The Red WagonPosted: 04/11/2012
With nothing to do until 12 on a sunny Saturday morning, grabbing some good eats was a no-brainer! Three friends and I decided to go to The Red Wagon to try out that oft-talked-about restaurant. Unfortunately for Bruce, life intervened, and he wasn’t able to come with us; but no matter—nothing will stop me from eating food!
So I took the 135 down to The Red Wagon, a small diner in East Van that was recently featured on Diners, Drive-Ins and Dives (I had actually heard about it from my friends Earl and Helena). Upon getting off the bus I could see how popular the restaurant was—it opened a mere half hour before I got there, and there was already a line out the door! I ended up having to wait for about 20 minutes for a table… good thing it was sunny out!
The incredibly friendly hostess sat us down, and we were immediately greeted by another waiter, who took our drinks requests. HT ordered a cup of Coffee, and we were taken aback by how small the cup was, since we didn’t know that refills were free til later in the meal. Taste-wise, the cup was pretty much what he expected it to be—nothing spectacular, but still pleasant to drink. The waiter came by with refills 3 more time during the meal, so HT did end up getting his fill.
I had the Orange Juice, and was also surprised to see that it came in such a tiny glass. I paced my drinking so that I wouldn’t be lacking a drink towards the end of my meal, so I don’t actually know if refills for that was free as well. Again, the juice was on the generic side—it was tart but sweet, and had lots of pulp, so I did enjoy my glass (even if it was rather dinky).
For eats, HT ordered the Pulled Pork Pancakes, which were featured on DDD. This was a 3-pancake tower with pulled pork sandwiched between the layers. The buttermilk pancakes were probably the best ones I’ve ever eaten—thick but still fluffy, these pancakes put IHOP to shame. I’m not really a pancake person, but these really made me rethink my stance in the pancake-waffle debate. Yum. The pulled pork between the pancake-y goodness had great texture and flavour; they were pull-apart tender, with a very light hint of spiciness amidst the sweet and barbeque flavours. This was all topped with a generous pat of butter and a ton of house-made, Jack Daniels syrup. However, we remarked that the dish would have been better if the syrup was on the side, since the bottom pancake soaked up most of the syrup. This was a unique and delicious offering (I’ve never had anything like it before), so I’m sad to say I got sick of the dish pretty quickly. I only had half of HT’s stack, but I found myself unable to finish all of it—I think the salty and sweet flavours got to be too overwhelming. I would definitely order this again, but would share it with a few more people (or I could get someone else to order it and take a bit from their plate… hmm…).
I chose the Spinach and Mushroom Benny, which was served with a large portion of homefries on the side. The English muffin base tasted homemade and buttery, and wasn’t too greasy tasting. The spinach and mushroom mix over top of it was cooked perfectly—flavourful, but again, not too salty or greasy—and the eggs were poached perfectly (for me), with the yolks only slightly runny. My favourite part was the hollandaise that was overtop all this: in terms of presentation, it was a pleasant light yellow colour (which let the runny yolks stand out), and there was enough of it so that every bite was flavoured by it. Taste-wise, it was creamy but light and only slightly lemony, and it’s definitely one of the better hollandaise sauces I’ve tasted. The homefries (translation: potato chunks) tossed with green onion were soft, mildly flavoured, and not too greasy, so it didn’t take away from the actually Benny. I liked that the potatoes were cooked like this, as it’s a nice change from regular old hashbrowns. My only complaint for this dish is that there wasn’t quite enough filling in the Benny… a few more pieces of spinach and mushroom would have really hit the spot.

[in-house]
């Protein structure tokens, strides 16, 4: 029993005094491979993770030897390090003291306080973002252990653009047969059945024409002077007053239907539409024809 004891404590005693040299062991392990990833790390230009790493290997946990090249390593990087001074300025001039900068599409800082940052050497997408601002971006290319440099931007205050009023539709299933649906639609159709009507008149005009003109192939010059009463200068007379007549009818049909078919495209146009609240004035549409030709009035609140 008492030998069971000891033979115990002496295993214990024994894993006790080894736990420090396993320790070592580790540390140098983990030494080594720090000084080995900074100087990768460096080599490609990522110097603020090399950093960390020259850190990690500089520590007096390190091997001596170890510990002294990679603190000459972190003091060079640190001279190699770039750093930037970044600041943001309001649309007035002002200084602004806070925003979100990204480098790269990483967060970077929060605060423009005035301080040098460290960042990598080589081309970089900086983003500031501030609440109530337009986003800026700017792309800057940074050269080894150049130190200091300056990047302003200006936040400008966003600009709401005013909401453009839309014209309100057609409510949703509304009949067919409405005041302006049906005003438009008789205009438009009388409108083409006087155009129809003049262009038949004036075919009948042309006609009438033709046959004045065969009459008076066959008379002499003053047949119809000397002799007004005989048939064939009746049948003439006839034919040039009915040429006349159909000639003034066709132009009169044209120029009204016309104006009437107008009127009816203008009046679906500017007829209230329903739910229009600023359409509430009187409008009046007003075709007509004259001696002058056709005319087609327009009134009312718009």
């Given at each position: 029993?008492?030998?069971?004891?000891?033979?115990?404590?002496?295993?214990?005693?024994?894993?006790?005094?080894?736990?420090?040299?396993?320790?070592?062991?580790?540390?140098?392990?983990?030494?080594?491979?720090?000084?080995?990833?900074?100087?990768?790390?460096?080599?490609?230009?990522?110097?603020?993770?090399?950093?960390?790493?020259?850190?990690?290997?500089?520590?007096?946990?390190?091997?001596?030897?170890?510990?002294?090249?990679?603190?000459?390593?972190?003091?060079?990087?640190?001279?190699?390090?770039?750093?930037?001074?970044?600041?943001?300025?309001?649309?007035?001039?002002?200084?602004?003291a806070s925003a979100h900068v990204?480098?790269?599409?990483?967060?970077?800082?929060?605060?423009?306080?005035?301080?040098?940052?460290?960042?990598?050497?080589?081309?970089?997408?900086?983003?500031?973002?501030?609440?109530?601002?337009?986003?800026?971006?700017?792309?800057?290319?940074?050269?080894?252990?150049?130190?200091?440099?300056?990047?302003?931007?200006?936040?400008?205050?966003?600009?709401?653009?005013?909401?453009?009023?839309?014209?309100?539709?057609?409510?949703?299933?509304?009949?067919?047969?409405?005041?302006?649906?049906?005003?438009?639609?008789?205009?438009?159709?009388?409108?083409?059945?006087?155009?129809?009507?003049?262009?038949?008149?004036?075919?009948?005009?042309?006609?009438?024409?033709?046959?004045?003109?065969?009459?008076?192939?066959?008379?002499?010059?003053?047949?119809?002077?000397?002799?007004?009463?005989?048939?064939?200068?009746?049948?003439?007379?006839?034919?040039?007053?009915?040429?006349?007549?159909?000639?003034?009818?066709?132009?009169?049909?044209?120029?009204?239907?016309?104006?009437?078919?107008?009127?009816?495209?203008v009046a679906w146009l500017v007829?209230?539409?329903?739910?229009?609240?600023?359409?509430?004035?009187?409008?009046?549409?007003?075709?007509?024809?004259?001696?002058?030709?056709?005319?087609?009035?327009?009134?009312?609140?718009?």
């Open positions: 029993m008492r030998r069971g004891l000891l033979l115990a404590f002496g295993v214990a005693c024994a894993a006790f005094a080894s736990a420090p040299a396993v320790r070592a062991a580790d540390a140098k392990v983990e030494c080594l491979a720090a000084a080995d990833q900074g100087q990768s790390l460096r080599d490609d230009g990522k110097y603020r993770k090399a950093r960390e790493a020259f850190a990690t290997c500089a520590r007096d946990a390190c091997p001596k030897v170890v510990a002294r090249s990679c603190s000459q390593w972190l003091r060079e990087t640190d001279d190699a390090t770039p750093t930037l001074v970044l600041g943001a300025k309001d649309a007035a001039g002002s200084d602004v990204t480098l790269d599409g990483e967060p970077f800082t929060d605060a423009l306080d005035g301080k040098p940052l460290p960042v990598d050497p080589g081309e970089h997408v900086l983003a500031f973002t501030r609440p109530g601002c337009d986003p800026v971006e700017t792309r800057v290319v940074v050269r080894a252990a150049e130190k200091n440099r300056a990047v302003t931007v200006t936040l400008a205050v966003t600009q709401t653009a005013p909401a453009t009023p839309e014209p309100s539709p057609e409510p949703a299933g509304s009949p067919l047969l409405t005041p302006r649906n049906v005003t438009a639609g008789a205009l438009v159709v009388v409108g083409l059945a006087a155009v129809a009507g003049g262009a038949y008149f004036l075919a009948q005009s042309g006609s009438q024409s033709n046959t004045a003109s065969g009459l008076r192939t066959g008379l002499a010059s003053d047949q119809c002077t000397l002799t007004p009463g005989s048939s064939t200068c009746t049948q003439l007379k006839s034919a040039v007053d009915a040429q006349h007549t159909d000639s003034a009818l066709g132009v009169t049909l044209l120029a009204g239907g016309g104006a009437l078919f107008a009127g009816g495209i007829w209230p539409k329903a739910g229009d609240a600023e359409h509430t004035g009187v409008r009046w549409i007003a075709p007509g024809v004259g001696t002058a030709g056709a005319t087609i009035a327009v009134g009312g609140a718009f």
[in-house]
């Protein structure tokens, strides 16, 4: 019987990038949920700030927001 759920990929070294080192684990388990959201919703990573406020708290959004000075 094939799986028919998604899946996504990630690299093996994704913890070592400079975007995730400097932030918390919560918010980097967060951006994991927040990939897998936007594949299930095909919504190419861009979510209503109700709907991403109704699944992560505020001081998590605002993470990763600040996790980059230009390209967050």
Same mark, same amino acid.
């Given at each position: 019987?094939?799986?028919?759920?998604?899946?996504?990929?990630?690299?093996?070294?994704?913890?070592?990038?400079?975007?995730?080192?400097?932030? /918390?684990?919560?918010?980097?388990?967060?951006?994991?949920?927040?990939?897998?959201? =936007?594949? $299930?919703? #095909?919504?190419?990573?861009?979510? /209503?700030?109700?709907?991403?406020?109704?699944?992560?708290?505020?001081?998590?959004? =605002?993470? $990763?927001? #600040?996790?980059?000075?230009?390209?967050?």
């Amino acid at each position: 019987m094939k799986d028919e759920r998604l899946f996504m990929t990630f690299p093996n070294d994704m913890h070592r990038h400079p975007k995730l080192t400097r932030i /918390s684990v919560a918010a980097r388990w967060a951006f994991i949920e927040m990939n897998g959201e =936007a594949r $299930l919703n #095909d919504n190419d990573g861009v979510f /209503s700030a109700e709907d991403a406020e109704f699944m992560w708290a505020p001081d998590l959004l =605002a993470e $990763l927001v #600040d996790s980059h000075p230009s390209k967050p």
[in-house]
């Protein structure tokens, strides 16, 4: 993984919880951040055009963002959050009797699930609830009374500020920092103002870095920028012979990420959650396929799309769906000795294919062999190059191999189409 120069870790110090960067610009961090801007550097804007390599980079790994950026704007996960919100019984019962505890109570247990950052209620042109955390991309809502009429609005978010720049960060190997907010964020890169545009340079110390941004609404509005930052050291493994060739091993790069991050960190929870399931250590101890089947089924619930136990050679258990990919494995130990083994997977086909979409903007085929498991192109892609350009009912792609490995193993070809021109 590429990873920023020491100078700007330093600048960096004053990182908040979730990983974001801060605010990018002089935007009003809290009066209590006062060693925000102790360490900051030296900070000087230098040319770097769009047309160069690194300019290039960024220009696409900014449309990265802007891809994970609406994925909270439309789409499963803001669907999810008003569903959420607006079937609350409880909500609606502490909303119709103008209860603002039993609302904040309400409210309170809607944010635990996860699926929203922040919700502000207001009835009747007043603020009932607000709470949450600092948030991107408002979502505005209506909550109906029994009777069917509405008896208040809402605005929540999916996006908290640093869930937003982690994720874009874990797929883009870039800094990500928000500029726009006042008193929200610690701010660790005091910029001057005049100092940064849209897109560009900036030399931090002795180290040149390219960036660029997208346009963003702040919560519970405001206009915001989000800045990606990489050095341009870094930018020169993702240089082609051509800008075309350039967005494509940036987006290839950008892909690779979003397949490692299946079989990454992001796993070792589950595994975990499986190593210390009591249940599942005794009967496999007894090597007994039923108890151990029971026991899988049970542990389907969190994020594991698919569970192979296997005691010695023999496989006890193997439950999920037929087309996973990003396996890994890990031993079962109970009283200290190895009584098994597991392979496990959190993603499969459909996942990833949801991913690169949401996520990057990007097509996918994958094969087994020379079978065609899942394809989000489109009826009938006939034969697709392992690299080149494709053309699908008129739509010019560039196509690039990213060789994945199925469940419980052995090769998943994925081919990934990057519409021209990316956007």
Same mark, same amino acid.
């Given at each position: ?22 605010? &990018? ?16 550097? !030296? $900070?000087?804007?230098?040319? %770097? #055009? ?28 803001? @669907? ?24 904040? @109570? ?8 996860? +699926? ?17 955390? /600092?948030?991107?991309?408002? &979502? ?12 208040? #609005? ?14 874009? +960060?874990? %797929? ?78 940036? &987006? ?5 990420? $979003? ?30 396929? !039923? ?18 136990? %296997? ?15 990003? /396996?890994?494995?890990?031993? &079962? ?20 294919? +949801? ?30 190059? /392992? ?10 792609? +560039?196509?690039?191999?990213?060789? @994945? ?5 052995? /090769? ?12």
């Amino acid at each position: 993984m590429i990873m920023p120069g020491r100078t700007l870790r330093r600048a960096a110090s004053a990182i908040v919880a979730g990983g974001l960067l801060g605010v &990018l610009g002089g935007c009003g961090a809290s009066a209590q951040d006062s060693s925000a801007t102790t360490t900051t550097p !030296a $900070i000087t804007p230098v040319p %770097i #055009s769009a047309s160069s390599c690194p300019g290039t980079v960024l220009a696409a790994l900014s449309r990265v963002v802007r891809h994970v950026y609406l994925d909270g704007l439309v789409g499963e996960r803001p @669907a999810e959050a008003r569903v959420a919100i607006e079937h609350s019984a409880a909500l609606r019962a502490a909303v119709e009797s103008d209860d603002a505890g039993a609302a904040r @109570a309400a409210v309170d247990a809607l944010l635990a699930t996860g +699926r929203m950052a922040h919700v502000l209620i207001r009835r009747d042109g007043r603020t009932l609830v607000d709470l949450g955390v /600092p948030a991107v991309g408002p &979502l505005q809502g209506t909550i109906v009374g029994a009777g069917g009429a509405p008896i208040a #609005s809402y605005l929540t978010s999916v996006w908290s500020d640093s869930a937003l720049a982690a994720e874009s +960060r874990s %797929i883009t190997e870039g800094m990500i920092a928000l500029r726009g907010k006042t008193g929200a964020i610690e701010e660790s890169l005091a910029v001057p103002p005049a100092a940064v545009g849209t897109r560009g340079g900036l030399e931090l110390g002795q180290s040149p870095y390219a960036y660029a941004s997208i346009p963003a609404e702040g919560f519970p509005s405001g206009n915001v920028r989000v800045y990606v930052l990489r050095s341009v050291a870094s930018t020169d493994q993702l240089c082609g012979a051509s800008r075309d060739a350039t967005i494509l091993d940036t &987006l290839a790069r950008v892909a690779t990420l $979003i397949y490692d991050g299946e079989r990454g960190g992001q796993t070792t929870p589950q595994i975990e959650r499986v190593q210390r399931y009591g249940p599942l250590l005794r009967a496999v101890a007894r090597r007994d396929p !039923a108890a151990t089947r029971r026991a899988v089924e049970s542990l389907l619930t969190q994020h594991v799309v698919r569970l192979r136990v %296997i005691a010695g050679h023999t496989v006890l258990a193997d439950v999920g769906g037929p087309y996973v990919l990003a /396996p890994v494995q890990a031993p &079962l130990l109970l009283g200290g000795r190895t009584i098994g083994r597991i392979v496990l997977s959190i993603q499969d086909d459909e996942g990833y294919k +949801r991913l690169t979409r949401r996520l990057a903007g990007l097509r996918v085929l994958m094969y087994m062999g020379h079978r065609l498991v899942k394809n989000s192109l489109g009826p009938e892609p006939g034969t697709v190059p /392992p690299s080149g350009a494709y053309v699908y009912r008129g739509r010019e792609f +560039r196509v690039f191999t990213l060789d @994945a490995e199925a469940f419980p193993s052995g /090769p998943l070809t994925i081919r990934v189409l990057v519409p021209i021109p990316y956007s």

Of course, you can’t go to The Red Wagon without also trying their housemade Pork Belly Confit. After seeing their feature on DDD I wasn’t too sure that my arteries could take all that fat… but oh well. I’ll just work out more, haha. Anyways. Because Bruce wasn’t there, we couldn’t order a third main (the two we ordered were almost too much for the both of us already!), so we just decided on a side order of Pork Confit instead. The piece we had had a healthy chunk of fat (ironic sounding, huh?) attached to it that gave it a ton of flavour and moisture. The meaty bits of the slice weren’t too salty, and though they were on the dry side, eating it together with the fat solved the problem. I’ll admit it was a little weird just having a slab of fatty meat on the side, but it went along great with my eggs benny. Whether it was worth the extra $4, though, I’m not too sure. If I get this again (I do like my fatty meats…), I think I would get it as part of a main to justify costs.
I really like the funky atmosphere of the restaurant. I’ll probably get flack for calling it a little “hipster”—not that it’s like, underground or anything, what with all the media exposure—but that’s honestly the feel I got from the place (maybe I just have a skewed idea of what “hipster” really is?). The staff were very chill, but they made every effort to make our experience great. I did get the sense that they were rushing us a little bit, but that was completely understandable considering the long lineup outside. Nevertheless, I think that The Red Wagon is a great place to meet up with friends; you do have to be prepared to wait quite some time for a table to free up, but the homey feel of the restaurant, plus the food and the service, really make up for it.
The Red Wagon
2296 East Hastings Street